Item #39837 REPORT OF THE TRIAL OF CASTNER HANWAY FOR TREASON, IN THE RESISTANCE OF THE EXECUTION OF THE FUGITIVE SLAVE LAW OF SEPTEMBER, 1850. BEFORE JUDGES GRIER AND KANE, IN THE CIRCUIT COURT OF THE UNITED STATES, FOR THE EASTERN DISTRICT OF PENNSYLVANIA. HELD AT PHILADELPHIA IN NOVEMBER AND DECEMBER, 1851. TO WHICH IS ADDED AN APPENDIX, CONTAINING THE LAWS OF THE UNITED STATES ON THE SUBJECT OF FUGITIVES FROM LABOR, THE CHARGES OF JUDGE KANE TO THE GRAND JURIES IN RELATION THERETO, AND A STATEMENT OF THE POINTS OF LAW DECIDED BY THE COURT DURING THE TRIAL. BY JAMES J. ROBBINS, OF THE PHILADELPHIA BAR. FROM THE NOTES OF ARTHUR CANNON AND SAMUEL B. DALRYMPLE, PHONOGRAPHIC REPORTERS APPOINTED BY THE COURT FOR THIS CASE. James J. Robbins.

REPORT OF THE TRIAL OF CASTNER HANWAY FOR TREASON, IN THE RESISTANCE OF THE EXECUTION OF THE FUGITIVE SLAVE LAW OF SEPTEMBER, 1850. BEFORE JUDGES GRIER AND KANE, IN THE CIRCUIT COURT OF THE UNITED STATES, FOR THE EASTERN DISTRICT OF PENNSYLVANIA. HELD AT PHILADELPHIA IN NOVEMBER AND DECEMBER, 1851. TO WHICH IS ADDED AN APPENDIX, CONTAINING THE LAWS OF THE UNITED STATES ON THE SUBJECT OF FUGITIVES FROM LABOR, THE CHARGES OF JUDGE KANE TO THE GRAND JURIES IN RELATION THERETO, AND A STATEMENT OF THE POINTS OF LAW DECIDED BY THE COURT DURING THE TRIAL. BY JAMES J. ROBBINS, OF THE PHILADELPHIA BAR. FROM THE NOTES OF ARTHUR CANNON AND SAMUEL B. DALRYMPLE, PHONOGRAPHIC REPORTERS APPOINTED BY THE COURT FOR THIS CASE.

Philadelphia: King & Baird, No. 9 Sansom Street, 1852. 275, [1 blank] pp. Rubberstamp and blindstamp on title page. Bound in later institutional cloth, first gathering loosening. Good+.

This complete transcript of the trial commences with jury selection, Hanway's arraignment, and opening arguments. It "contains as complete a record as possible of any trial in the nineteenth century. Besides providing legal arguments it contains the testimony, examinations and cross-examinations, discussions between bar and bench, and even the sarcastic and angry banter that is inevitable in a trial as highly charged as this one was" [Finkelman].
Hanway was the first to be tried of 41 men indicted for treason at Christiana, Pennsylvania, in resisting the recovery by the Marylander Edward Gorsuch [who arrived fortified by a warrant, friends, and arms] of his runaway slave. Some of the slave's friends, also black, arrived at the scene, ready to fight, along with Hanway and another white man. "When Deputy Marshal Kline tried to deputize these two men, they refused and instead urged the outnumbered Gorsuch party to leave. This warning was ignored, and a skirmish soon ensued. When it was over Gorsuch was dead, his son was severely wounded, and other members of the party had either been hurt or fled the area. The Christiana riot was the most violent episode in the struggle against the Fugitive Slave Act. Hanway had taken no positive action against Gorsuch and his party. But he had refused to either join the posse or try to prevent the blacks from attacking the slave catchers...On the last day of the trial, Justice Grier charged the jury that the act of refusing to aid in the rendition of a fugitive slave did not constitute treason. It took the jury just fifteen minutes to find Hanway innocent. Ultimately the other forty indictments were dropped" [Finkelman].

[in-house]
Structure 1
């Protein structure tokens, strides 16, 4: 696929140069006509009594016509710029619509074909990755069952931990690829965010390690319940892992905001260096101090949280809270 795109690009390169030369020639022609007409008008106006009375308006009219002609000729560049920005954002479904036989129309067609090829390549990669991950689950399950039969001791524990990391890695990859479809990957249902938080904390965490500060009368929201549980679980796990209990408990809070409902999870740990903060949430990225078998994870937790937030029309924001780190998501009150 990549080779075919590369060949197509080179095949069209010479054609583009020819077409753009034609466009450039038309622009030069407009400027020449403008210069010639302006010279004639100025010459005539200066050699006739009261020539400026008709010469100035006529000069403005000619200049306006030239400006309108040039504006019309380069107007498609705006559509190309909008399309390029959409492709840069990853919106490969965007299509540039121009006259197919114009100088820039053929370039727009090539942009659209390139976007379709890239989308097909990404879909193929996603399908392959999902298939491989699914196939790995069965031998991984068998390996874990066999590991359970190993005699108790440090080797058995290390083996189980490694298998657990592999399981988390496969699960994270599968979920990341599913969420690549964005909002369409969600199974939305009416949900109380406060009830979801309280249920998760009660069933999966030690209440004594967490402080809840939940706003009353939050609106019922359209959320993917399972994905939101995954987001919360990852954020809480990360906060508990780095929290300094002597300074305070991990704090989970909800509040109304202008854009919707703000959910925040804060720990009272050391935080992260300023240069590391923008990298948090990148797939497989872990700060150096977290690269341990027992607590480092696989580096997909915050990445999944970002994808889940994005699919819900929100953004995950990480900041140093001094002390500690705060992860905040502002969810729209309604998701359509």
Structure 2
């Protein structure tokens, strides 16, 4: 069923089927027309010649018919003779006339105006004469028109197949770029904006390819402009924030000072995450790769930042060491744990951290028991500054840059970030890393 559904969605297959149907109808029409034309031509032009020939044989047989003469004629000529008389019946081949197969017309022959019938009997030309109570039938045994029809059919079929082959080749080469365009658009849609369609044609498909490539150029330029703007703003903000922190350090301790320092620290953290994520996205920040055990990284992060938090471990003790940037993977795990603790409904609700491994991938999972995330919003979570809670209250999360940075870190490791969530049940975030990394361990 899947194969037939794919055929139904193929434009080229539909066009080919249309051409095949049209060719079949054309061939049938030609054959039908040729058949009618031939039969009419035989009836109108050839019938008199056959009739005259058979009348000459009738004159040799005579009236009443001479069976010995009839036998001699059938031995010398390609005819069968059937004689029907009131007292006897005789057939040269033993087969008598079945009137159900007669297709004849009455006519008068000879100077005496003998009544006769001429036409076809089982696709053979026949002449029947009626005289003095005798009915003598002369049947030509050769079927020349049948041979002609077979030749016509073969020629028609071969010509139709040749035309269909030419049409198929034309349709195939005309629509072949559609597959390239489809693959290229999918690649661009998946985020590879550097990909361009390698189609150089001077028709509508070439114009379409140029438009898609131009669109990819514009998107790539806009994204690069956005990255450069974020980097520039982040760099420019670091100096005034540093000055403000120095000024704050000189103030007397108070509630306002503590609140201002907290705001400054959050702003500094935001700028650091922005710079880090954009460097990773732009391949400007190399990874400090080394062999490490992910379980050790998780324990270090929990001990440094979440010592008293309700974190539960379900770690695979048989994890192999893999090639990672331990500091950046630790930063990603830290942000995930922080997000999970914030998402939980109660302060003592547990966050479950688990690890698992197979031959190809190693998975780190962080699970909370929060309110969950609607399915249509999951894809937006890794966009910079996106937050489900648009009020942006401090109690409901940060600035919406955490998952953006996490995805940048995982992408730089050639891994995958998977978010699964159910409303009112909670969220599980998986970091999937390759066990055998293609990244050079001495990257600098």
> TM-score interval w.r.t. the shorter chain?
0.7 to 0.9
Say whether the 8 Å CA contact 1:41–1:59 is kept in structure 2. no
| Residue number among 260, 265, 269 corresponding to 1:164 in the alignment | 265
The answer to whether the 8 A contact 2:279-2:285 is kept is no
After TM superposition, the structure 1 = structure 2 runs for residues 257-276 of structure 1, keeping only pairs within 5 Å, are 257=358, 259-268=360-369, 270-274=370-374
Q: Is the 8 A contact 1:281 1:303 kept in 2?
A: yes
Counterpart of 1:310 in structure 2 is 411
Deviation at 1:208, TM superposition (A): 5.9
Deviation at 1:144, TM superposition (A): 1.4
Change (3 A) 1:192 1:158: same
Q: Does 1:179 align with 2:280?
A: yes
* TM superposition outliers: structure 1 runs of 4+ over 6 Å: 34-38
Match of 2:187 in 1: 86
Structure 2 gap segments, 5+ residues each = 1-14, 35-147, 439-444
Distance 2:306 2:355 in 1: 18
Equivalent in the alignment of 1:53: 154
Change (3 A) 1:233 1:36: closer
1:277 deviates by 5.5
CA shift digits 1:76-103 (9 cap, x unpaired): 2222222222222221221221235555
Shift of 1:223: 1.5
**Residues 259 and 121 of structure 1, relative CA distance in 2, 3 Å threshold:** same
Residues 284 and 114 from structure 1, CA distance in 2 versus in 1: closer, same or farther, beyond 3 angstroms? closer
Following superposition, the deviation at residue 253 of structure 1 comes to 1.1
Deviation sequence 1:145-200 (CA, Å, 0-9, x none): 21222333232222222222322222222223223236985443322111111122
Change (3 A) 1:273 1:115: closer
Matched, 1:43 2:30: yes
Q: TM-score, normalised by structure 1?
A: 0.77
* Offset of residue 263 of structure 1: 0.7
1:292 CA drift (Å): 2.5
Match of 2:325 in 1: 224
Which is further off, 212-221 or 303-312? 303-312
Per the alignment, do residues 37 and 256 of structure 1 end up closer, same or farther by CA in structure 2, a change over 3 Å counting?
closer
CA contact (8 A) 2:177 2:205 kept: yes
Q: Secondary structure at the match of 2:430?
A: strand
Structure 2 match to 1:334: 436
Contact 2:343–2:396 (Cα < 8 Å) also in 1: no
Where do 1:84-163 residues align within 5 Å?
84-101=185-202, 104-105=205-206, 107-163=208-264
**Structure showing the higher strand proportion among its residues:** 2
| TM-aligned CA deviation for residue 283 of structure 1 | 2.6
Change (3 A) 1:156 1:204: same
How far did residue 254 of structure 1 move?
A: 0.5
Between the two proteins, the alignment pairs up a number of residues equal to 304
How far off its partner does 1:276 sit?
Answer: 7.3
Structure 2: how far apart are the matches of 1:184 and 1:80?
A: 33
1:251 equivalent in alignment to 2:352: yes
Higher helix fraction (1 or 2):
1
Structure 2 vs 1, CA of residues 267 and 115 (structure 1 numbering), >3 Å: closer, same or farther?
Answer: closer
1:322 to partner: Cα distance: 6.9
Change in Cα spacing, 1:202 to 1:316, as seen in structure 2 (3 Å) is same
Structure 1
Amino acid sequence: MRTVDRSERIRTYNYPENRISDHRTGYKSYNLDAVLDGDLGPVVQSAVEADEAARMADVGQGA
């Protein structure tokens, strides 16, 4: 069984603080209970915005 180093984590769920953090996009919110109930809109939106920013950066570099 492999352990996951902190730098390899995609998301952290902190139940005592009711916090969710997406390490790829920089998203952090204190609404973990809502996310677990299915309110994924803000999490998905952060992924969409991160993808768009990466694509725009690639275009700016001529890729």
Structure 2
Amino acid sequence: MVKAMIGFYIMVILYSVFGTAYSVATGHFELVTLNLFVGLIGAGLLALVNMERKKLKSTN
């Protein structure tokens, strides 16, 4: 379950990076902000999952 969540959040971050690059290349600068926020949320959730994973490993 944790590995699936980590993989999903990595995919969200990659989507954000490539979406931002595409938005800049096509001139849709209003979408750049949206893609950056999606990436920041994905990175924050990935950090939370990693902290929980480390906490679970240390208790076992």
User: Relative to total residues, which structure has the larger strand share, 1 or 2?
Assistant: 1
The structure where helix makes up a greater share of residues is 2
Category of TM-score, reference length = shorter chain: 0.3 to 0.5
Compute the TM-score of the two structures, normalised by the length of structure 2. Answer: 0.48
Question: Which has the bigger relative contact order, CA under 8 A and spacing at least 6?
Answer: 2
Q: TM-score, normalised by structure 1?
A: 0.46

Edward Gorsuch (1795-1851) and his son, Dickinson III (1826-1882), are distant relatives of United States Supreme Court Judge Neil McGill Gorsuch. Each is a descendant of Maryland's Charles Gorsuch (1642-1716): Edward and Dickinson are from the line of Charles' son Thomas B. Gorsuch (1680-1774); Justice Gorsuch is from the line of Charles' son Charles Gorsuch (1687-1747).
Finkelman 98-99. Cohen 14181. LCP 4564. Sabin 71820. Item #39837

Price: $1,000.00

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